Did you know that 100 years ago the work week was six days long? Thanks to an Irish American carmaker with strong Cork roots we'll all be sleeping in this Saturday.
How many of us would survive our working lives without the promise of Friday night drinks, Saturday lie-ins, leisurely lunches, hanging with friends, no pressure, no deadlines, no bosses? The very idea of a weekend is so much part of our culture that it’s hard to believe that less than 100 years ago it didn’t exist for most workers. Six-day weeks were the norm.
It was only in 1908 that the first American workers were treated to a five-day week. A cotton mill in New England gave its employees an extra day off so that its Jewish workers could observe Sabbath from sundown on Friday evening to sundown on Saturday.
Living for the weekend?
Did you know that 100 years ago the work week was six days long? Thanks to an Irish American carmaker with strong Cork roots we'll all be sleeping in this Saturday. Read more here: https://irsh.us/2GevZGyPosted by IrishCentral.com on Dé Luain, 26 Márta 2018
But it was Henry Ford, founder of the Ford Motor Company, whose grandparents emigrated from Ireland during the Famine, who put the weekend on the map. In 1926 he stunned the American business world by introducing a five-day, 40 hour week for workers at his auto factories. “It’s time to rid ourselves of the notion that leisure for workmen is either ‘lost time’ or a class privilege,” said Ford when explaining his decision.
Ford had already marked himself out as a management innovator when he more than doubled the minimum wage at his factories from $2.34 for a nine-hour day to $5 for an eight-hour day. True the increase was only available for male workers when it was introduced in 1914, but by 1916 it was extended to female workers.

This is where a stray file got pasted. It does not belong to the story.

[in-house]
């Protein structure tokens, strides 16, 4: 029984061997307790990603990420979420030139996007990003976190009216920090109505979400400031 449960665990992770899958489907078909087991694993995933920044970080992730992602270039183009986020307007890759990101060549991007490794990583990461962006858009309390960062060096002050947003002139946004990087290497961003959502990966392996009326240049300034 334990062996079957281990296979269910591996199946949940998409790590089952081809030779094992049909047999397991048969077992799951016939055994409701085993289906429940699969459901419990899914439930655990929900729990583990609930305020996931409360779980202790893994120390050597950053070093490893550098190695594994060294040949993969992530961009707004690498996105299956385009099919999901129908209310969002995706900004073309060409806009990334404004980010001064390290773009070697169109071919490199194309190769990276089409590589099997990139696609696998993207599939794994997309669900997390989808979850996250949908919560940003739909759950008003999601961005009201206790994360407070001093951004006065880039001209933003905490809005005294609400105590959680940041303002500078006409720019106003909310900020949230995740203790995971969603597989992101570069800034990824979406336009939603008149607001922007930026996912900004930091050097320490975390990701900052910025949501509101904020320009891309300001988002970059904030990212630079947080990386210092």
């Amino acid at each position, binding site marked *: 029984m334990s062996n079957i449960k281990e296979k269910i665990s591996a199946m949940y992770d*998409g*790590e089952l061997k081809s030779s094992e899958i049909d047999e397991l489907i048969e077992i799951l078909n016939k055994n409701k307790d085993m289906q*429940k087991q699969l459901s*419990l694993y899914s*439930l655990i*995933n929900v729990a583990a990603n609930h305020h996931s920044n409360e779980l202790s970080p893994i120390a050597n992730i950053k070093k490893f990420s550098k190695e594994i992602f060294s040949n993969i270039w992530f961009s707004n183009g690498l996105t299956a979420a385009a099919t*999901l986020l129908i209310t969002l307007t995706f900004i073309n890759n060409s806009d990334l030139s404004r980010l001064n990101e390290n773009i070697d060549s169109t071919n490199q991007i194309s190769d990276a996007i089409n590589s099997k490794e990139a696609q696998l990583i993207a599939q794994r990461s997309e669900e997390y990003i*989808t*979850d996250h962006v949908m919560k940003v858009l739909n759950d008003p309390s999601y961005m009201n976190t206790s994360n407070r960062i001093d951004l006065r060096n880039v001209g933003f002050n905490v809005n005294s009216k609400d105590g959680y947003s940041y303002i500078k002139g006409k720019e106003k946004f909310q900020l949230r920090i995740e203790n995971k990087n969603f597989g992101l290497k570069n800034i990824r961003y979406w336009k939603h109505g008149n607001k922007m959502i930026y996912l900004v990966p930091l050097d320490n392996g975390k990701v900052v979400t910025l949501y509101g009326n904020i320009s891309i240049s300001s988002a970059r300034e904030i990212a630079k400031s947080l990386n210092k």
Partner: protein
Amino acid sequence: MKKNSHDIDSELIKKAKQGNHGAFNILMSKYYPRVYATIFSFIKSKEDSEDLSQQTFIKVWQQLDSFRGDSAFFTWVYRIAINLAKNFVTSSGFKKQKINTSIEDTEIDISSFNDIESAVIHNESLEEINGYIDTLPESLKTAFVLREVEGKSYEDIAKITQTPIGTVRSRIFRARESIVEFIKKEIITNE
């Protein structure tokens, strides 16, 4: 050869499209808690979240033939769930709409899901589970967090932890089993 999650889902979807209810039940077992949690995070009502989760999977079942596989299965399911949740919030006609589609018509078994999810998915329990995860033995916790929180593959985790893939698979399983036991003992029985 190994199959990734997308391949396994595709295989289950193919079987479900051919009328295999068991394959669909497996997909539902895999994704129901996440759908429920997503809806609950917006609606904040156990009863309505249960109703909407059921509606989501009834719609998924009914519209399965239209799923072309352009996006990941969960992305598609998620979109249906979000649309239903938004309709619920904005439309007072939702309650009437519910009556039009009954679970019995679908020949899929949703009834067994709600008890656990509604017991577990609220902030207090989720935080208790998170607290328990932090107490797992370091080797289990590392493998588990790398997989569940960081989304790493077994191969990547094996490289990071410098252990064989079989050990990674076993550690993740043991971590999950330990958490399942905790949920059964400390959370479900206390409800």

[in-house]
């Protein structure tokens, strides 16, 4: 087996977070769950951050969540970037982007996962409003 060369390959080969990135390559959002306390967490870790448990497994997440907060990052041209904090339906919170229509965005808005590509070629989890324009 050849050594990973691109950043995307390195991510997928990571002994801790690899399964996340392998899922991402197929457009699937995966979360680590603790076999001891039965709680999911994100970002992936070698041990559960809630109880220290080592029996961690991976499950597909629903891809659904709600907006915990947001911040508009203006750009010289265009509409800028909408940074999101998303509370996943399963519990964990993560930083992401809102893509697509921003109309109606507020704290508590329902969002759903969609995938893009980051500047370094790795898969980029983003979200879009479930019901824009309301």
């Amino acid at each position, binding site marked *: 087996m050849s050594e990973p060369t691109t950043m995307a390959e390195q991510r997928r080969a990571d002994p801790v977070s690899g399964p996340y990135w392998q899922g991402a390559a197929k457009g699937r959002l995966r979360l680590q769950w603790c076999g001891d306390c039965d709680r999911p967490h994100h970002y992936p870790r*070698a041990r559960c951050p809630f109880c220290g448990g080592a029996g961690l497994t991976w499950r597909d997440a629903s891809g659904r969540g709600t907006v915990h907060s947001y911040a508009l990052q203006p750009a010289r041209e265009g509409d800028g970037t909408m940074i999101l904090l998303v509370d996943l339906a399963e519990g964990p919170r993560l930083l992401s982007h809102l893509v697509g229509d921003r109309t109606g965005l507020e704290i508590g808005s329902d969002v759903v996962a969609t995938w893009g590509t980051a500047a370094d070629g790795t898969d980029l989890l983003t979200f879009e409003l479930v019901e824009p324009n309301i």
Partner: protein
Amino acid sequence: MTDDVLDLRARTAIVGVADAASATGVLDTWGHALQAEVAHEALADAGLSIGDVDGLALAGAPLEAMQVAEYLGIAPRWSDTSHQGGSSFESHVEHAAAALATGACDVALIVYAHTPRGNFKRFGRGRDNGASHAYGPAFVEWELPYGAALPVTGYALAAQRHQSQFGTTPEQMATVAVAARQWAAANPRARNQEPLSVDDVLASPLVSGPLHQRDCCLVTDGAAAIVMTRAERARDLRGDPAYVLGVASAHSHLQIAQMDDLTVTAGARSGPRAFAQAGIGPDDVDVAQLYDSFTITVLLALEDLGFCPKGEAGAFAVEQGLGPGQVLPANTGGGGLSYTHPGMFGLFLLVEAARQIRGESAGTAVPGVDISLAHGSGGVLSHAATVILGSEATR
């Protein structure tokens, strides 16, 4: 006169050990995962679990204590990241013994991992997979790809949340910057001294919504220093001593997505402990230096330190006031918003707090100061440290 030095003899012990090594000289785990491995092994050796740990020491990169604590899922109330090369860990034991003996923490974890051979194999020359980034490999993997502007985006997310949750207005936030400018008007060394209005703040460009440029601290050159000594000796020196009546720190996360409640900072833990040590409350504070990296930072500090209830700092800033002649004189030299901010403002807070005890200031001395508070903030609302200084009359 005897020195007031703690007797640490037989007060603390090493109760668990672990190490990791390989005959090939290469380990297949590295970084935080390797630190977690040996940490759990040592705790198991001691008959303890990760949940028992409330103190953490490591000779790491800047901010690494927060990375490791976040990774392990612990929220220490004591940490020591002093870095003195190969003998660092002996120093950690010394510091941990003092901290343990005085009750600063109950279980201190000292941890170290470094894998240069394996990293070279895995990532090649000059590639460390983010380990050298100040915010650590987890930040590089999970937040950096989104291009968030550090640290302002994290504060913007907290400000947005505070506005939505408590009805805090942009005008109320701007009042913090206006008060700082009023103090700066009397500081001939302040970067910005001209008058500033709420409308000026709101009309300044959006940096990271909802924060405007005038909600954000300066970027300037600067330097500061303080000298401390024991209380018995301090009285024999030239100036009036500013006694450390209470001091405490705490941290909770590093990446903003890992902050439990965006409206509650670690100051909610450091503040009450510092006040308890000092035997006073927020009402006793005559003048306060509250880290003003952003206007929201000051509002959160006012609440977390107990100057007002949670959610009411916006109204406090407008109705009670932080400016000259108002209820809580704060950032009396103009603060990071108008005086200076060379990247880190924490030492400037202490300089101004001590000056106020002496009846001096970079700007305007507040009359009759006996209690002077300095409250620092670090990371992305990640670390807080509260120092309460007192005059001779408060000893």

While other factory owners grumbled about Ford’s largesse to employees, productivity at Ford factories soared, along with company loyalty.
Before long, other companies followed suit and before long, the two-day weekend work break became the norm.
If there’s any doubt about just how much we all love Ford’s innovation, just think of all the songs written about the weekend, from Sam Cooke’s Another Saturday Night from 1963 to The Cure’s Friday I’m in Love the list is endless. And that’s not counting the Canadian singer called The Weeknd.
Perhaps it was Ford’s humble Irish roots that enabled him to understand how best to motivate his workers. Ford’s grandfather, great-grandfather, and great-great-grandfather were all born in a stone-built single-story cottage in West Cork. His father was born in a nearby village and in 1847, the worst year of the potato famine in Ireland, at the age of 21 he emigrated with his parents to the US. His mother died on the voyage.
Ever proud of his Irish roots, Ford invested heavily in Ireland, opening an assembly plant in Cork which at one point employed 7,000 workers.
Ford’s ancestral home in Ballinascarthy, West Cork, has been renovated and is now open to the public.